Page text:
Each morning at the BKI, Ched Meyers led a Bible study that framed our analytical discourse around settler colonialism. On Tuesday, he offered “Naboth’s nahala: Tale of Two Queens (An Archetypal Parable of Settler Colonialism).” The story of Naboth’s vineyard (I Kings 21:1-24), in short, is this:
King Ahab really wants Naboth’s nahala (property or inheritance) – a vineyard. He desires this “property” so much that when Naboth is unwilling to trade or sell it, he heeds the advice of his wife, Queen Jezebel, and hires two “scoundrels” to bring a criminal charge against Naboth in public and then stone him to death. Upon Naboth’s death, Ahab seizes the coveted vineyard. When Ahab encounters Elijah the Tishbite in the vineyard, the Lord decrees to Ahab through Elijah that, “In the place where dogs licked up the blood of Naboth, dogs will also lick up your blood.” The details and severity of Ahab’s curse extend to all his people, “bond or free,” as well as to Jezebel.
After explicating this Bible story, Ched drew a parallel to the illegal overthrow by the U.S. of the sovereign Kingdom of Hawai’i in 1893, citing Queen Lili’uokalani’s plea to the U.S. government:
“Oh, honest Americans, as Christians, hear me for my downtrodden people. Do not covet the little vineyard of Naboth’s, so far from your shores, lest the instrument of Ahab fall upon you, if not on your day in that of your children.
The children to whom our fathers told of the living God . . . are crying aloud to Him in their time of trouble; and He will keep His promise and will listen to the voices of His Hawaiian children lamenting for their homes.”
What is the lesson of Naboth’s vineyard? And why does Queen Lili’uokalani call upon the U.S. government to heed this lesson?
To answer these questions, I am drawn to recall yovel (the Jubilee year, every 49/50 years) within Hebraic society. During yovel, fences are taken down, the land is let to rest from agricultural toil, slaves and indentured servants are released, debts are forgiven, and all land properties are returned to their original owners, in this case kinship groups within tribes. One of the results of the practice of yovel is that humans, animals, plants, and all of Creation are cyclically returned from hierarchies of dominion to relations of equity and reciprocity. The concept of “property” in Hebraic thought, therefore, is inherently imbued with temporary status; the land is Creator’s, not that of any one individual or group.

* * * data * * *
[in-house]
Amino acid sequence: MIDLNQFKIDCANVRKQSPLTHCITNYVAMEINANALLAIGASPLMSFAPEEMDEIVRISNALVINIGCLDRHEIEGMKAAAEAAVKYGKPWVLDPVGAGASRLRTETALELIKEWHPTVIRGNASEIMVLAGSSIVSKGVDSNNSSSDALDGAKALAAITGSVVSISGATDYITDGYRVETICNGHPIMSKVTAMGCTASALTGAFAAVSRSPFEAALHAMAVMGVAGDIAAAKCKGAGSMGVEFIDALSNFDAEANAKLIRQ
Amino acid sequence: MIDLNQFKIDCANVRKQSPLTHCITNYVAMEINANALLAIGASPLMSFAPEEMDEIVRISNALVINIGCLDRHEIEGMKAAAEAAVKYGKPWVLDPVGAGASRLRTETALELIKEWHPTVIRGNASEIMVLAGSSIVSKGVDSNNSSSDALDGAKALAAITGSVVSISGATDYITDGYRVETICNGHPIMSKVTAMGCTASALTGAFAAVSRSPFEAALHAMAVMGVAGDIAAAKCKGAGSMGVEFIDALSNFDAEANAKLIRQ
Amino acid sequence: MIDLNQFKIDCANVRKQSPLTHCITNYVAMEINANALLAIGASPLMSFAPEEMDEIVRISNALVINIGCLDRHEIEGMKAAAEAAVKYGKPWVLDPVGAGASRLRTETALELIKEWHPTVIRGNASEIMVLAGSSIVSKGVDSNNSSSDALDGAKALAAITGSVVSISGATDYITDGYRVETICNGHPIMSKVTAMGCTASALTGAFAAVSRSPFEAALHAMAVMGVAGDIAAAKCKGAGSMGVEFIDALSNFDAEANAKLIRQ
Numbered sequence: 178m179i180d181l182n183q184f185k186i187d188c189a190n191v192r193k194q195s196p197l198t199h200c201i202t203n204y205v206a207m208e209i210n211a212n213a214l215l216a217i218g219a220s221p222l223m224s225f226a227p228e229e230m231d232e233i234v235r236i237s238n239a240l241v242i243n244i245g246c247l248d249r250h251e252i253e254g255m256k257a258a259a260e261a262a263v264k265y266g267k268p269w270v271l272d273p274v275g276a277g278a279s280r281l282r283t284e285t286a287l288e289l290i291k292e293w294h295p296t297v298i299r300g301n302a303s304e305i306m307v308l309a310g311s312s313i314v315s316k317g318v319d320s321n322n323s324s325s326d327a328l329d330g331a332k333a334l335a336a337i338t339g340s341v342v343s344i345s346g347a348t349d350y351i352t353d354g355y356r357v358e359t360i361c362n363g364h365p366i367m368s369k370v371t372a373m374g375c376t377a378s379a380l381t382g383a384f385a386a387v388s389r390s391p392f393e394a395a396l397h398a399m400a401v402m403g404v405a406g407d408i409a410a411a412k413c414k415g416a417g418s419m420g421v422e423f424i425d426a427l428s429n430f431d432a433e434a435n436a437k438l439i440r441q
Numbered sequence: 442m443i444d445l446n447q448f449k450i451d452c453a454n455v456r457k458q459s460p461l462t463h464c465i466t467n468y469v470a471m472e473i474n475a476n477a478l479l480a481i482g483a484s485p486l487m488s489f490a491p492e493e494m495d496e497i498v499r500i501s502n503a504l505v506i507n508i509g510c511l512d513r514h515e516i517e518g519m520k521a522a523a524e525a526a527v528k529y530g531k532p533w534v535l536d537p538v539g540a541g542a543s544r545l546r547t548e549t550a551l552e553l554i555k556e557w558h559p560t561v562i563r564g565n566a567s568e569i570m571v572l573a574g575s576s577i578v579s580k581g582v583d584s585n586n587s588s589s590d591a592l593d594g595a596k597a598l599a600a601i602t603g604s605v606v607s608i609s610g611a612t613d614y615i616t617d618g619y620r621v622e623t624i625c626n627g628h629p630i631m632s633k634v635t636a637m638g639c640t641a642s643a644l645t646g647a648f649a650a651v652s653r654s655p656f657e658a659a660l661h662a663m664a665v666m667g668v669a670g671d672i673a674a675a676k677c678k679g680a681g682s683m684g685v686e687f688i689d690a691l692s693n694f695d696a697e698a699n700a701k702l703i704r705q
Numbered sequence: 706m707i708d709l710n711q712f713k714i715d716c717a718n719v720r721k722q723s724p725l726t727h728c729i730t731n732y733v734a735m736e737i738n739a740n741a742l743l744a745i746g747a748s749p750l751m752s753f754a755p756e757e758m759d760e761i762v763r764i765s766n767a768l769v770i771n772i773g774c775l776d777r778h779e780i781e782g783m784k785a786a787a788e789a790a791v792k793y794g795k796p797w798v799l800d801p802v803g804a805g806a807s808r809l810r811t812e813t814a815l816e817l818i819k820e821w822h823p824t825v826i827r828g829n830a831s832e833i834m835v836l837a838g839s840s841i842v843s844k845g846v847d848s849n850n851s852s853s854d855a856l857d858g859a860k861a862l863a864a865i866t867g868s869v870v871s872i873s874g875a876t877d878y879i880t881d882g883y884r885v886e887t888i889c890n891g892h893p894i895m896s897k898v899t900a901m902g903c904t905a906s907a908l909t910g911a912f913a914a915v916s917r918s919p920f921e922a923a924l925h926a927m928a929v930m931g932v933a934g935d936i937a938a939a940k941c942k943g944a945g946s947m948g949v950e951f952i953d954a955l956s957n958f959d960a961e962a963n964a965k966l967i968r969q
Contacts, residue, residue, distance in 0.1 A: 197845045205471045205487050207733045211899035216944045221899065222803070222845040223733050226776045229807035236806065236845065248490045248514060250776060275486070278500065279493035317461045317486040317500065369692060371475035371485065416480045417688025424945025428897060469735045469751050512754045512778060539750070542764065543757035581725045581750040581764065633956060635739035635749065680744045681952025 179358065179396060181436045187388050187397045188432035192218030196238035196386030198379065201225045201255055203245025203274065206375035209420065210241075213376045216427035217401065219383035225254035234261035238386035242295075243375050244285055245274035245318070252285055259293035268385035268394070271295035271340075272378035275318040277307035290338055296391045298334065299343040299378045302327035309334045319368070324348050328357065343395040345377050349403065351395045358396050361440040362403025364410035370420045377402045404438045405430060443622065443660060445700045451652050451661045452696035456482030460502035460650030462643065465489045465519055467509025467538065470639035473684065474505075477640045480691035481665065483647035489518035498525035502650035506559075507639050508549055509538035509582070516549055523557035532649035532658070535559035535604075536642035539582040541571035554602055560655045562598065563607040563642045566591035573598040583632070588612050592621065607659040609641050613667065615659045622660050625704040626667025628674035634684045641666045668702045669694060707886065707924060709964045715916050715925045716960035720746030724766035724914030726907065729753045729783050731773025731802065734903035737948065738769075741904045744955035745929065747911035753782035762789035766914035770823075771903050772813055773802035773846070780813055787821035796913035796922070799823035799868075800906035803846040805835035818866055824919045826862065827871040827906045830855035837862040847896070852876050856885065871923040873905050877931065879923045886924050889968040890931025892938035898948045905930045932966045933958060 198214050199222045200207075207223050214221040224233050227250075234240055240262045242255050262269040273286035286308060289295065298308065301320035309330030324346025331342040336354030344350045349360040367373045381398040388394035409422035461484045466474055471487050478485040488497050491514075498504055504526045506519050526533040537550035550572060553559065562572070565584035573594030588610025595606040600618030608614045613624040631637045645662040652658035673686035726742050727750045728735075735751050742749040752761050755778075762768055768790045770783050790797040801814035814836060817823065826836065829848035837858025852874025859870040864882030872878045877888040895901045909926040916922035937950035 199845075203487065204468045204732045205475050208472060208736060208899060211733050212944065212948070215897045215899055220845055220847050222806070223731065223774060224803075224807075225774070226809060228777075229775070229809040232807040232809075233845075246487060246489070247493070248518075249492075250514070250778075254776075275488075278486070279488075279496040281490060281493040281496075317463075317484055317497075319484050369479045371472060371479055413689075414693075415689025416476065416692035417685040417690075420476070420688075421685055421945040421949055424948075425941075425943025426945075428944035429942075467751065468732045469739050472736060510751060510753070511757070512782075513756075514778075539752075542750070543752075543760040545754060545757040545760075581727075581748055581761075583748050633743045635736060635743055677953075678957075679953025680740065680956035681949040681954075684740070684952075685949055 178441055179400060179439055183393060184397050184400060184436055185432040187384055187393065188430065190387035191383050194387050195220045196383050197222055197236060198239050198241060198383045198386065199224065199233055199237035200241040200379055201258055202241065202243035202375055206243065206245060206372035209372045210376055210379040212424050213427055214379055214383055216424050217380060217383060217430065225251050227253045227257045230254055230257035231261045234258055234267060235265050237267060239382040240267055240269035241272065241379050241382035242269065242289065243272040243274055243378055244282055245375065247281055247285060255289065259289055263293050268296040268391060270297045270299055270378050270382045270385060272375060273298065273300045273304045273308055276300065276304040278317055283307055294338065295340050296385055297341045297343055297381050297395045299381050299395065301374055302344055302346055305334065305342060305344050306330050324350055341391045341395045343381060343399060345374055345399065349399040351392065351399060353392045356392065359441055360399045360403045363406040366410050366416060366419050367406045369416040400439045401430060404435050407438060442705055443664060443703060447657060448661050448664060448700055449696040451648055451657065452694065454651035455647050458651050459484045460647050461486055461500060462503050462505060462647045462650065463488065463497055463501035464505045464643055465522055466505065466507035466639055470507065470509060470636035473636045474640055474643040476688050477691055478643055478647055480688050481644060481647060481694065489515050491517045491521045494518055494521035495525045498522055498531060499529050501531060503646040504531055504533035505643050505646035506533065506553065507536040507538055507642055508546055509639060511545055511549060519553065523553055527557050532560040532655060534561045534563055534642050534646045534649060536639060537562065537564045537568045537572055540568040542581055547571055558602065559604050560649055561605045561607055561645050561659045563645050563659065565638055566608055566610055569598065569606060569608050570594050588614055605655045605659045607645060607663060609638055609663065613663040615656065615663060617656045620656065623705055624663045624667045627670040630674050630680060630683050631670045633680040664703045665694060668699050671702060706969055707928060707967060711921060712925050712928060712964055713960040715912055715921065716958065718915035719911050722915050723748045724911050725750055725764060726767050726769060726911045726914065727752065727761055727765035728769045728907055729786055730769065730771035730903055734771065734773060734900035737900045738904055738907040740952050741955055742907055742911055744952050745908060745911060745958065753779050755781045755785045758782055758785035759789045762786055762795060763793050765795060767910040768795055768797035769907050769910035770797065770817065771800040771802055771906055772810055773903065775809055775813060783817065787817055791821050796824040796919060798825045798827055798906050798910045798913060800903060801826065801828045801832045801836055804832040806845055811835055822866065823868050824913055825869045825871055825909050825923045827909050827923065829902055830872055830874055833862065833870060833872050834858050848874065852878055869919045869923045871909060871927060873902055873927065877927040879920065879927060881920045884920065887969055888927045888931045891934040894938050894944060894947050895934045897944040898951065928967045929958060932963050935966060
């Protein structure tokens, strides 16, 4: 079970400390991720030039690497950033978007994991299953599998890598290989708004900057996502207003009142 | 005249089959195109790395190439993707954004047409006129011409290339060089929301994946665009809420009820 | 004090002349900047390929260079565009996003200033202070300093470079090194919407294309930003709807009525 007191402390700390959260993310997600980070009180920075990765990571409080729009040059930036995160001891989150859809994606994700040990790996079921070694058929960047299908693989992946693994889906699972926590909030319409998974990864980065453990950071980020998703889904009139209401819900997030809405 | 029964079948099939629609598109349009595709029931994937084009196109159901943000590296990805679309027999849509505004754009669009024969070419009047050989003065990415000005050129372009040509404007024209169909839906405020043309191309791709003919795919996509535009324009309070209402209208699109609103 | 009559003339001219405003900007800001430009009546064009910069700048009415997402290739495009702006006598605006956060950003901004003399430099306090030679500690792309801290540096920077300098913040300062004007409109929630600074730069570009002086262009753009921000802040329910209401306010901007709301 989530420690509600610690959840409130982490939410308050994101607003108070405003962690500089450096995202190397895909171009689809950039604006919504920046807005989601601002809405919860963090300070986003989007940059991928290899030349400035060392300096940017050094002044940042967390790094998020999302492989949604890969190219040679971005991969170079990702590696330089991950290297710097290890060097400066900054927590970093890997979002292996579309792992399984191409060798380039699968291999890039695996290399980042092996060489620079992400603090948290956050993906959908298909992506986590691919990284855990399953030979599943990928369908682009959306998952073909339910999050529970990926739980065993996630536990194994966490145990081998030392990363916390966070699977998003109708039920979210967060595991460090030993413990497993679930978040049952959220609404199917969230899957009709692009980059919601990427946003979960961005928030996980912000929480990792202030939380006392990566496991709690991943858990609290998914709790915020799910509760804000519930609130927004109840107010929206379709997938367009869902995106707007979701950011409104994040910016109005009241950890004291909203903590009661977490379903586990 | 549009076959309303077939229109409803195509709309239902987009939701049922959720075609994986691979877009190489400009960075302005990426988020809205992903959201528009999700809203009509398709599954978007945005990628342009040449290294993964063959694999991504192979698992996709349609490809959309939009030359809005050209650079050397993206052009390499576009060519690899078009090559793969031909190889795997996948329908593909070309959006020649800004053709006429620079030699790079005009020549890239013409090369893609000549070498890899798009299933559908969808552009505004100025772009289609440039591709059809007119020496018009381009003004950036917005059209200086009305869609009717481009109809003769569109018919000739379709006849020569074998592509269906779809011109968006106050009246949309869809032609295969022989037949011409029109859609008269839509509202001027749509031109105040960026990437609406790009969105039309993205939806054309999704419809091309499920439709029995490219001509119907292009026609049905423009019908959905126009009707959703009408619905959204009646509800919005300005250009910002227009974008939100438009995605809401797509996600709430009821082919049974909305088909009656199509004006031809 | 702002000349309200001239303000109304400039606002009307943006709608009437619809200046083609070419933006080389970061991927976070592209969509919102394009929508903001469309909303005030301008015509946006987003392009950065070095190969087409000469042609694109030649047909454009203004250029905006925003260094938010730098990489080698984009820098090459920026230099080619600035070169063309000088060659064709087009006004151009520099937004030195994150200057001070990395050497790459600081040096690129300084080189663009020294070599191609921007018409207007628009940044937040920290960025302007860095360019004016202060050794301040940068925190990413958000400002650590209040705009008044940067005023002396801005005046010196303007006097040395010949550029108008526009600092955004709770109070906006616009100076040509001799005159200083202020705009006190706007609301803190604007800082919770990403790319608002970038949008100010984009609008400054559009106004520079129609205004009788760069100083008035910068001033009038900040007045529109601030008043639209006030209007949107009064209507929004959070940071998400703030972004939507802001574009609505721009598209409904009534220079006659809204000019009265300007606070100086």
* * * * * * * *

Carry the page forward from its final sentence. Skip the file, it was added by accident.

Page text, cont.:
From this understanding of nahala, one can conclude that Queen Lili’uokalani was calling upon “honest Americans, as Christians” to remember the biblical nature of human relationships with land. She was also calling upon hearts and minds within the U.S. government to heed the warning of I Kings 21 – to recognize that their own God will see to it that they reap the violence they sow.
A Tale of Two Queens thus becomes a warning parable for settler colonialism. As people sourcing wisdom and strength from our Jewish and Christian traditions, we are implored to take stock of the Naboth’s vineyards in our own lives. We are guided to question whether the places we covet or consider our own were ever ours to begin with. And we are called to answer with humility and bare, honest self-assessment: What is my just inheritance and what burden shall I bear for it?
Learn more about the BKI and its parent organization Bartimaeus Cooperative Ministries. The photo featured at the top of this post is by indigenous Australian artist Safina Stewart (nee Fergie). She painted “Bartimaeus Billabong” for the 2019 BKI.